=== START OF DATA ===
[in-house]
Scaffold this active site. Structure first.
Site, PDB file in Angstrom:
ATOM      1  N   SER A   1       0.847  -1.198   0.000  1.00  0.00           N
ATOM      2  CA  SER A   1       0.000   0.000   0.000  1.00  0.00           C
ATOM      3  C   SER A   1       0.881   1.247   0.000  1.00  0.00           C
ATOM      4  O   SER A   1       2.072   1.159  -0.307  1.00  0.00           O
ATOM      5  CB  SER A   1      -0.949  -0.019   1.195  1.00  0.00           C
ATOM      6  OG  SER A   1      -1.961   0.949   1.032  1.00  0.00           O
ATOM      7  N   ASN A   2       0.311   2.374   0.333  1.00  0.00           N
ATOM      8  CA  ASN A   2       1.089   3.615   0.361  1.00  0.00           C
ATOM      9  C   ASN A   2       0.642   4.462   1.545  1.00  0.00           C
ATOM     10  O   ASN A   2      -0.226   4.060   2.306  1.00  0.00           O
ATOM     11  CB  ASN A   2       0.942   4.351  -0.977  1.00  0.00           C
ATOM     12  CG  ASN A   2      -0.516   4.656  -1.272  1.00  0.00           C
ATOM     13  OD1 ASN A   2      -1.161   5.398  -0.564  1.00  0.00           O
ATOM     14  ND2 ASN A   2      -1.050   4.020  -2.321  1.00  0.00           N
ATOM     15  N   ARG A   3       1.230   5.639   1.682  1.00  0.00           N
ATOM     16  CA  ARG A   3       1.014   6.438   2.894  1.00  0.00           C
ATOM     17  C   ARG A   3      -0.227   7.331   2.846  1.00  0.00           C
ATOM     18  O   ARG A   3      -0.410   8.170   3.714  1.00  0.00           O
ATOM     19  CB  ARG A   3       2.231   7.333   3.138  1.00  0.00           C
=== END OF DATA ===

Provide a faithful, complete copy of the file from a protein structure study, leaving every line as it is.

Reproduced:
[in-house]
Scaffold this active site. Structure first.
Site, PDB file in Angstrom:
ATOM      1  N   SER A   1       0.847  -1.198   0.000  1.00  0.00           N
ATOM      2  CA  SER A   1       0.000   0.000   0.000  1.00  0.00           C
ATOM      3  C   SER A   1       0.881   1.247   0.000  1.00  0.00           C
ATOM      4  O   SER A   1       2.072   1.159  -0.307  1.00  0.00           O
ATOM      5  CB  SER A   1      -0.949  -0.019   1.195  1.00  0.00           C
ATOM      6  OG  SER A   1      -1.961   0.949   1.032  1.00  0.00           O
ATOM      7  N   ASN A   2       0.311   2.374   0.333  1.00  0.00           N
ATOM      8  CA  ASN A   2       1.089   3.615   0.361  1.00  0.00           C
ATOM      9  C   ASN A   2       0.642   4.462   1.545  1.00  0.00           C
ATOM     10  O   ASN A   2      -0.226   4.060   2.306  1.00  0.00           O
ATOM     11  CB  ASN A   2       0.942   4.351  -0.977  1.00  0.00           C
ATOM     12  CG  ASN A   2      -0.516   4.656  -1.272  1.00  0.00           C
ATOM     13  OD1 ASN A   2      -1.161   5.398  -0.564  1.00  0.00           O
ATOM     14  ND2 ASN A   2      -1.050   4.020  -2.321  1.00  0.00           N
ATOM     15  N   ARG A   3       1.230   5.639   1.682  1.00  0.00           N
ATOM     16  CA  ARG A   3       1.014   6.438   2.894  1.00  0.00           C
ATOM     17  C   ARG A   3      -0.227   7.331   2.846  1.00  0.00           C
ATOM     18  O   ARG A   3      -0.410   8.170   3.714  1.00  0.00           O
ATOM     19  CB  ARG A   3       2.231   7.333   3.138  1.00  0.00           C